What’s the best cure for jetlag? SCOTCH. That was the first thing we learned when stepping off the plane, when we were transported to Diageo’s newest facility in the Highlands, the Diageo Whisky Archive at Menstrie. Simply put: when we walked into this room, with bottles stacked as high as the library’s 18-foot ceiling, it completely slipped my mind that I was running on a time change.
With our jetlag promptly cured and forgotten, we spent some time culling through hundreds of glass cases jam packed with spirits bottles, some dating back hundreds of years. It was there that we had a small whisky primer, delivered by Nick Morgan of Diageo.
From there, we toured Cambus, Diageo’s cooperage, to get a bit of an overview on the barrel making process. While a cooperage is essentially a working factory (with none of the sex appeal of the Scotch distilleries, warehouses, or their glamorous visitor centers), it does help demonstrate how much care and attention goes into the entire whisky-making process; as we know with American Whiskey, the aging process is just as important at the distilling process, and a well-produced barrel is of paramount importance.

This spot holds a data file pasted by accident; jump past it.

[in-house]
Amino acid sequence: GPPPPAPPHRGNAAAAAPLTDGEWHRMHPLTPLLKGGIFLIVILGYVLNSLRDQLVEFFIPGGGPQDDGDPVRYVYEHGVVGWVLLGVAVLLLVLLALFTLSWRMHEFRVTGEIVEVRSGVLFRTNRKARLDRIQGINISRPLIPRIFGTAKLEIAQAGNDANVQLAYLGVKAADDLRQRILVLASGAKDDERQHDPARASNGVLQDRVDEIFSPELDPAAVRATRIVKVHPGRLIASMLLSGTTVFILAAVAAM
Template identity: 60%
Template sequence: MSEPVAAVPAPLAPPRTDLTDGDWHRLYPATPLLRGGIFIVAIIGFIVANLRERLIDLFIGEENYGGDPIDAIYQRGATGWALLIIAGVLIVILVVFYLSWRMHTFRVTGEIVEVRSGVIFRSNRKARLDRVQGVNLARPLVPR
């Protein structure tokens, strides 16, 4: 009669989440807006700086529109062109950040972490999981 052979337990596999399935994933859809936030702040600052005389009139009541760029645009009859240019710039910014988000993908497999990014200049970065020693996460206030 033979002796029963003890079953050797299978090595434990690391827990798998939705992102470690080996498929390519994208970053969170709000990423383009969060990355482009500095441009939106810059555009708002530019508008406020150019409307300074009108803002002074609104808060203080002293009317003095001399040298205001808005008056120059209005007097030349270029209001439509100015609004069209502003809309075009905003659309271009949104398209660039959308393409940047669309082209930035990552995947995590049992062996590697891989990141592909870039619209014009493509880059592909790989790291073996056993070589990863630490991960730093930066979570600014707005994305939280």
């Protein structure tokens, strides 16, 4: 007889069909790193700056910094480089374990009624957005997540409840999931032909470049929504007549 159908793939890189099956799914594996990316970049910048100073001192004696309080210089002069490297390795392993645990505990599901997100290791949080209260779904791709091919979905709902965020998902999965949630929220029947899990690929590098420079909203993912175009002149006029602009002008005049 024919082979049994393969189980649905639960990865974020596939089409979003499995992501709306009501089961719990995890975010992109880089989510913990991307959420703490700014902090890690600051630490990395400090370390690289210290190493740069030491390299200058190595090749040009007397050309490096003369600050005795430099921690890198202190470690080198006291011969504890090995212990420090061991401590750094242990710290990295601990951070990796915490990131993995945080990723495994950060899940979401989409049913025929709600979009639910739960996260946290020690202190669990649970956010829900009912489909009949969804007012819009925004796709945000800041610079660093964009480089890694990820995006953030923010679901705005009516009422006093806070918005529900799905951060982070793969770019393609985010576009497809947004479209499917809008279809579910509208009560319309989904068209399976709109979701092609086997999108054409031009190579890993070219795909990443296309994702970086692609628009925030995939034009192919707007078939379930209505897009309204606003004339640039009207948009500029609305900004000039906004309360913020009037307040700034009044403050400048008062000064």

Here’s what we learned from Diageo: as mentioned previously, the overwhelming volume in the Scotch Whisky category globally comes from blended Scotch Whisky sales. Yes, the single malts that are the building blocks for these blends are fantastic on their own (each with a distinct flavor profile and character), but they are fundamentally ingredients for blends.
Second, the industry is just as much about technological innovation as it is about upholding the traditional whisky styles that have been perfected over hundreds of years.
The most obvious takeaway, however, was the sheer magnitude of the Diageo portfolio. At its core, Diageo is a whisky company, and owns around 30 distilleries in Scotland.